Tuesday, July 18, 2006

Well, how do you describe the best two weeks of your life for at least the last ten years? I guess I will have to describe it section by section from when I left Edinburgh until I reached Glenn Cholum Cille. Although, this might seem rather dry but I am not exactly equipped with the vocabulary to describe it adequately.

I woke up to leave Edinburgh for Belfast City Airport at 4 am. My flight was at 7:30 am but I had to be there two hours early to make sure that I was checked in. You always follow this advice but it never seems right because it always goes smoothly. So I had a bunch of time to wait. So I grabbed a coffee and sat watching everyone go by until it was time for me to run the gauntlet of security to get to my flight.

I flew British European Airlines, which flew us over on a turbo prop airplane. This was fine since I am used to it from Horizon Airlines when I flew to Spokane so often. The only problem was that Belfast City Airport is right next to the sea and I thought that he was going to ditch us in the drink and I thought that he was going to tip a wing on to the tarmac once we did finally hit the ground. It made me rather nervous to be honest.

I got off the plane and started down towards the baggage claim. There was a sign in the corridor which said, "Welcome Home...Have breakfast with us" and the breakfast was eggs, sausage, puddings (black and regular), toast, and A PINT OF GUINNESS. I started to like this place already. I got my bags and got on the bus to the bus station in the center of town.

When I arrived on got in line for tickets, I asked the guy behind the counter for a ticket to Donegal Town. Well, after waiting a while and seeing a bus for Enniskillen. I asked the information desk when the Donegal Town bus was leaving. She said that it would not leave until after 12:00 noon. I asked if I could take the Enniskillen bus and catch the bus from Dublin to Donegal Town. She said I could so I waited another hour and caught the bus to Enniskillen.

This is where things get a bit maddening. We reach Dungannon bus station where they changed bus drivers. I asked the bus driver about crossing the boarder. As I am an American, I need a visa to enter the Republic of Ireland. He said that there were no boarder crossing points any more and there was no one to check my passport. I decided to wait until I got closer to the border to see if there was someone to check my passport.

After Dungannon, we were on the road FOREVER, it seemed to me. The country side was beautiful and filled with fields, crops, cows, and horses. It seemed to me to be rolling hills with the occasional glen rather than the well-defined glens of Scotland or valleys Washington. It did not seem like the kind of place that would cause so much trouble.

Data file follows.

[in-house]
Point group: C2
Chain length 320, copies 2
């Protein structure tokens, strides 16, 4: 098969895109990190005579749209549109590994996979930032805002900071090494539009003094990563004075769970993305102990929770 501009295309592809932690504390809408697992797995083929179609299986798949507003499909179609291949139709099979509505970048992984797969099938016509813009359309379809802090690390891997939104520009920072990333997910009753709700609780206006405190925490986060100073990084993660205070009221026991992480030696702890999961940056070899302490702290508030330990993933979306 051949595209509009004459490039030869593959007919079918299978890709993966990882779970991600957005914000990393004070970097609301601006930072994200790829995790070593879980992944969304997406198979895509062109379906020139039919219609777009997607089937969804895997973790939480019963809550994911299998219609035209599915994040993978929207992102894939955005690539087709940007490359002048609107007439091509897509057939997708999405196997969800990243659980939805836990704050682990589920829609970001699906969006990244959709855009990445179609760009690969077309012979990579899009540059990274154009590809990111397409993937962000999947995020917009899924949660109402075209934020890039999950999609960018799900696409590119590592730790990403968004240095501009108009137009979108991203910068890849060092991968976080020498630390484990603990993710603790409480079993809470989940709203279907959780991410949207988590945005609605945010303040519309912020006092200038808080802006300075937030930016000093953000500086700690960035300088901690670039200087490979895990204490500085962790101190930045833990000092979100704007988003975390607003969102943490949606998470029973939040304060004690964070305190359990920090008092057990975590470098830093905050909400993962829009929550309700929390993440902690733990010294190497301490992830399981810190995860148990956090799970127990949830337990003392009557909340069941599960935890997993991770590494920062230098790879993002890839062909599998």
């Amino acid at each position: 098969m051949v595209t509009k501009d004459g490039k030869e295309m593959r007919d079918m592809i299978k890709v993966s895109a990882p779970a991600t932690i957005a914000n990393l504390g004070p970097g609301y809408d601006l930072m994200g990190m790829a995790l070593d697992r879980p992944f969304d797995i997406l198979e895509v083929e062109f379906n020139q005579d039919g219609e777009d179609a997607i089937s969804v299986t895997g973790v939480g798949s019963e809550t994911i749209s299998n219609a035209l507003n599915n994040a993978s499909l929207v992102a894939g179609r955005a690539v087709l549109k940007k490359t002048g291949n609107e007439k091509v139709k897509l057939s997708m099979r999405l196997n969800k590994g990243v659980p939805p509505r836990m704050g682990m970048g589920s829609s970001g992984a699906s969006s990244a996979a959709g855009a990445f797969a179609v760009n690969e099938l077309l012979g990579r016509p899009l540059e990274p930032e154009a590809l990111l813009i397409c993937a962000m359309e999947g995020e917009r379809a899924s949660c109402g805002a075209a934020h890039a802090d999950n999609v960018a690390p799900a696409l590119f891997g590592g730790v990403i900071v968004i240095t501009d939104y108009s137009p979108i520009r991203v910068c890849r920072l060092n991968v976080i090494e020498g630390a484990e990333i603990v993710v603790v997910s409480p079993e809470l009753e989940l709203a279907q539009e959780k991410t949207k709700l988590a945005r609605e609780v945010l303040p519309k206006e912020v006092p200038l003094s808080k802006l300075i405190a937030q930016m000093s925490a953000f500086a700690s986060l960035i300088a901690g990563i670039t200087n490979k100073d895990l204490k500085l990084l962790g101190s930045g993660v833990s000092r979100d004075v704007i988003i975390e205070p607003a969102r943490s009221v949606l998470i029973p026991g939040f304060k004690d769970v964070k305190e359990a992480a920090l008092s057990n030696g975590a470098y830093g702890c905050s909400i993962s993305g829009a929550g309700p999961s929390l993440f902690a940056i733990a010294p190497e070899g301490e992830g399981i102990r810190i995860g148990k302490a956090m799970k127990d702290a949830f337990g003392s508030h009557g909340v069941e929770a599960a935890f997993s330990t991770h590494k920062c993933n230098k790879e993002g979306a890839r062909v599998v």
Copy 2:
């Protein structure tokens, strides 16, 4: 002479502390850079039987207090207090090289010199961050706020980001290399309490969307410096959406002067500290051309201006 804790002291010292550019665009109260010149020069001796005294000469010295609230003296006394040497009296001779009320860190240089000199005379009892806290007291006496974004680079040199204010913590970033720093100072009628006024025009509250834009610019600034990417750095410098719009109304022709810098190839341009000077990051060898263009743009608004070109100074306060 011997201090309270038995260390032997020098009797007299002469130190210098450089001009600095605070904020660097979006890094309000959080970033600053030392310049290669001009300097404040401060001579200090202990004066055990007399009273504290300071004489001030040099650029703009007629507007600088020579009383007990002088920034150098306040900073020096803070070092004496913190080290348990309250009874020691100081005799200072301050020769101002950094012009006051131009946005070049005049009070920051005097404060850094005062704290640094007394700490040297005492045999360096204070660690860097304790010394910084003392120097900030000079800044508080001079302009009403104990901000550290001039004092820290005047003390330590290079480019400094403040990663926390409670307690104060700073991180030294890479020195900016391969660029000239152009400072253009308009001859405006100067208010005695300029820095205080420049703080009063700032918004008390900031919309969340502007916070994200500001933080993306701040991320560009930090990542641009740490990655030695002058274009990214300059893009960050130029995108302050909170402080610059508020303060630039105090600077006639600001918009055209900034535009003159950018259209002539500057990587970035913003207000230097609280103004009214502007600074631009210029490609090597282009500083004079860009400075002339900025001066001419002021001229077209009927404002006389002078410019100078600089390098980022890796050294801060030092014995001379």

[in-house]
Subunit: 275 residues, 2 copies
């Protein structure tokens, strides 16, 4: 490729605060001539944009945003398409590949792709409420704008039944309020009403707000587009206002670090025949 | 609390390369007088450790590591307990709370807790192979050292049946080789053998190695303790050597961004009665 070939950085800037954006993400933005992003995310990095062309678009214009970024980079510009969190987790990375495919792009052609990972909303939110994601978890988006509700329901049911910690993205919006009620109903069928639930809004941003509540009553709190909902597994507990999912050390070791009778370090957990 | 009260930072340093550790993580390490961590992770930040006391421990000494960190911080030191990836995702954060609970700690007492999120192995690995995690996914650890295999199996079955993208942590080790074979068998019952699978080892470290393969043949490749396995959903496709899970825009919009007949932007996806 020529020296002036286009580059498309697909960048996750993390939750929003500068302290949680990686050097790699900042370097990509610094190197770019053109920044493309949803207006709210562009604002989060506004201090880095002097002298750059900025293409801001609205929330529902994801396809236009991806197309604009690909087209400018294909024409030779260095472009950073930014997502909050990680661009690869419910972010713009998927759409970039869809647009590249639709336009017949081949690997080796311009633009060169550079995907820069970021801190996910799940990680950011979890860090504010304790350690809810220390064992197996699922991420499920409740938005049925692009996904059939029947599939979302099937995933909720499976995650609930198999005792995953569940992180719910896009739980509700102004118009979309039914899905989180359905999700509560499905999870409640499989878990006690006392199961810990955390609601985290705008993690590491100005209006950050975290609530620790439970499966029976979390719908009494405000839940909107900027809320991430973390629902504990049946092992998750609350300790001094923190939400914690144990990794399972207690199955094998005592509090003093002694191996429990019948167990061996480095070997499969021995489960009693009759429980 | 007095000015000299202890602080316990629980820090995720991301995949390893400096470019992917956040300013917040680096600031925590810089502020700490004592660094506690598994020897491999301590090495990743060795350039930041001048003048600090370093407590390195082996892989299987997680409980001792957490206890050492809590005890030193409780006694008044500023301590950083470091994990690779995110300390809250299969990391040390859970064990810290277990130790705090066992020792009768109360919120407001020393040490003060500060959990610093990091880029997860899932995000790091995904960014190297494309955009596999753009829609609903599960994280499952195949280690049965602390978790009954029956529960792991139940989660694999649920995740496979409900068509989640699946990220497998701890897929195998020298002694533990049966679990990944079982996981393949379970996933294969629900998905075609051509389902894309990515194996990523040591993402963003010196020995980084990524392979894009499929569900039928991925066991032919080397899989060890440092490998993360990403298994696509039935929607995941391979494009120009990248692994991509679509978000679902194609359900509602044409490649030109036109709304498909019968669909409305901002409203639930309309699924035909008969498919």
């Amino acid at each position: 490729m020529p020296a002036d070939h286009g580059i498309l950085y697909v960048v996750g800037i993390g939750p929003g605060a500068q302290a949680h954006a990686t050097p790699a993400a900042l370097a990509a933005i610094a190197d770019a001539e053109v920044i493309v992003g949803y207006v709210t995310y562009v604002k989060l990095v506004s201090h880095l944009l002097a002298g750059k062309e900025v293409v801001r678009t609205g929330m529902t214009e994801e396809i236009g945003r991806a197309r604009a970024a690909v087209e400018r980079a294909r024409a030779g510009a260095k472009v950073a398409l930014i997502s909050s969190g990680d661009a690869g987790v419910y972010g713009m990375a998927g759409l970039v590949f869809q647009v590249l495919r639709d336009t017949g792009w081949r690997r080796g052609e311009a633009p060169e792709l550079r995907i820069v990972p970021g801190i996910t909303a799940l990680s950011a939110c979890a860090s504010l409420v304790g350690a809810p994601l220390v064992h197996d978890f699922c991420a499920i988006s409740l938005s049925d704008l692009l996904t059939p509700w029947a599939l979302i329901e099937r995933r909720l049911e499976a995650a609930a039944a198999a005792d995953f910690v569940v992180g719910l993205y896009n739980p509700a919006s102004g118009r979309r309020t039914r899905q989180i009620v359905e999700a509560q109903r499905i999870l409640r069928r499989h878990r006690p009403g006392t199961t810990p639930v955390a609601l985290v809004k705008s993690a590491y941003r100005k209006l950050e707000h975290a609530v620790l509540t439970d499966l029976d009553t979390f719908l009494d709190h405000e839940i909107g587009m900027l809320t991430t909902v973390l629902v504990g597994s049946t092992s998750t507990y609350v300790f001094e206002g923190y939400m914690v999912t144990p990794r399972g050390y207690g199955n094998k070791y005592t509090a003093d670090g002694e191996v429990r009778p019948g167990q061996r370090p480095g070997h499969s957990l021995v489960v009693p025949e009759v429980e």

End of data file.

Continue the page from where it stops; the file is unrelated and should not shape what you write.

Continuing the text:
We arrived in Enniskillen, Co. Fermanagh sometime in the early afternoon. The bus from Dublin was late, I was told by the attendant. So I waited around for it. When it did arrive, it was PACKED. Fortunately they let some people off. I got in line to pay for the trip. When I finally talked to the driver, I told him where I wanted to go and I paid for it. I then asked him about my passport and I showed it to him. He laughed a bit then showed me the infamous winning Irish smile and I got on the bus.

I was stuck in the back with a family of six but they were nice enough and we mostly ignored each other. Once we were north of Enniskillen, the road turned into one track or a extremely narrow dual carriage (even for European standards). We wound our way through the country. It started off as the same as the rest of Northern Ireland but it became more and more rugged as time wore on.

After at least another hour, we reached Donegal Town. A beautiful little place but I did not have long until the bus to Glenn Colum Cille had arrived to take us the last leg of the journey. We winded through little towns and villages. They all looked very inviting but they were not where I was going. One of the signs on the pub said, "Beer, spirits, and hangovers served here". Kellybegs was definitely a place that I would like to return. It is Ireland's largest fishing port and has a great harbor area.

As we moved away from Kellybegs, the terrain became a mirror image of Scotland. The rugged hillsides and the bogs with flowers in them. Sheep predominated the landscape with a few herds of cattle here and there. Once we went through Carrick though, we descended into a miles long trek through fields of nothing. We passed the sign, "An Ghaeltacht", which signaled our entry into the Irish speaking part of Ireland. The only problem is that the sign was in a sorry state of repair. It desperately needs some love. Still miles of nothing until we dropped in to Glenn Cholum Cille.

The bus dropped us off next to Biddy's. From there, we made our way to Oideas Gael.

I think this is a good stopping place. I will write more tomorrow about it.

posted by Chris  #4:06 PM | 0 comments |